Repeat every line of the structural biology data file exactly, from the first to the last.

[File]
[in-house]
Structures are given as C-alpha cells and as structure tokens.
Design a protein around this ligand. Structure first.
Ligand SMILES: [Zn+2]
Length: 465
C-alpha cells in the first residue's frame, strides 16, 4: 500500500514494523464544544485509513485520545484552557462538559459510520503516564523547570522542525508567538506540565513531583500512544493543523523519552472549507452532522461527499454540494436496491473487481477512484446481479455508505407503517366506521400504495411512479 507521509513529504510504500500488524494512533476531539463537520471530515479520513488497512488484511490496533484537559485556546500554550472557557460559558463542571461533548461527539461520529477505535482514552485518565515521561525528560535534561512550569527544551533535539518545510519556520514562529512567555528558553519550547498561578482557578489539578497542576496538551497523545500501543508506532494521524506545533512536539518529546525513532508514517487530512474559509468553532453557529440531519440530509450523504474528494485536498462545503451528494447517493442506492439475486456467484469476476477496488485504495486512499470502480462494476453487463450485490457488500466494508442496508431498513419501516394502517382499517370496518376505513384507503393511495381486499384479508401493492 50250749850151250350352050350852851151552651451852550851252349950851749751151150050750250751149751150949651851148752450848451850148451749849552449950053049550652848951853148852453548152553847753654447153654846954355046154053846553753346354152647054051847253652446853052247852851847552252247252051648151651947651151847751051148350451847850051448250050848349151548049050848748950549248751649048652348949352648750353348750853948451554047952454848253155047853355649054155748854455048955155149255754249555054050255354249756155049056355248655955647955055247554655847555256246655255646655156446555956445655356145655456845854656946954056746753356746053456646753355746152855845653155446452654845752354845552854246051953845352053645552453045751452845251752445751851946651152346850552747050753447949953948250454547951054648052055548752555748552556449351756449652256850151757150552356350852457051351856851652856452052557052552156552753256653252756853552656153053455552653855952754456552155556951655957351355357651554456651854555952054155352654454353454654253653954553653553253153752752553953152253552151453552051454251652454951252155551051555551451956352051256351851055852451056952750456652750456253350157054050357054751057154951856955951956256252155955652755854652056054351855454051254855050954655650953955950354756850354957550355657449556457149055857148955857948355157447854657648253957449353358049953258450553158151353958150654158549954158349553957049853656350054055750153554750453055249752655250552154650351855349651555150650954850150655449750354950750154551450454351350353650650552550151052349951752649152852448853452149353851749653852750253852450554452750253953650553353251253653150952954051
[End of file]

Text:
[in-house]
Structures are given as C-alpha cells and as structure tokens.
Design a protein around this ligand. Structure first.
Ligand SMILES: [Zn+2]
Length: 465
C-alpha cells in the first residue's frame, strides 16, 4: 500500500514494523464544544485509513485520545484552557462538559459510520503516564523547570522542525508567538506540565513531583500512544493543523523519552472549507452532522461527499454540494436496491473487481477512484446481479455508505407503517366506521400504495411512479 507521509513529504510504500500488524494512533476531539463537520471530515479520513488497512488484511490496533484537559485556546500554550472557557460559558463542571461533548461527539461520529477505535482514552485518565515521561525528560535534561512550569527544551533535539518545510519556520514562529512567555528558553519550547498561578482557578489539578497542576496538551497523545500501543508506532494521524506545533512536539518529546525513532508514517487530512474559509468553532453557529440531519440530509450523504474528494485536498462545503451528494447517493442506492439475486456467484469476476477496488485504495486512499470502480462494476453487463450485490457488500466494508442496508431498513419501516394502517382499517370496518376505513384507503393511495381486499384479508401493492 50250749850151250350352050350852851151552651451852550851252349950851749751151150050750250751149751150949651851148752450848451850148451749849552449950053049550652848951853148852453548152553847753654447153654846954355046154053846553753346354152647054051847253652446853052247852851847552252247252051648151651947651151847751051148350451847850051448250050848349151548049050848748950549248751649048652348949352648750353348750853948451554047952454848253155047853355649054155748854455048955155149255754249555054050255354249756155049056355248655955647955055247554655847555256246655255646655156446555956445655356145655456845854656946954056746753356746053456646753355746152855845653155446452654845752354845552854246051953845352053645552453045751452845251752445751851946651152346850552747050753447949953948250454547951054648052055548752555748552556449351756449652256850151757150552356350852457051351856851652856452052557052552156552753256653252756853552656153053455552653855952754456552155556951655957351355357651554456651854555952054155352654454353454654253653954553653553253153752752553953152253552151453552051454251652454951252155551051555551451956352051256351851055852451056952750456652750456253350157054050357054751057154951856955951956256252155955652755854652056054351855454051254855050954655650953955950354756850354957550355657449556457149055857148955857948355157447854657648253957449353358049953258450553158151353958150654158549954158349553957049853656350054055750153554750453055249752655250552154650351855349651555150650954850150655449750354950750154551450454351350353650650552550151052349951752649152852448853452149353851749653852750253852450554452750253953650553353251253653150952954051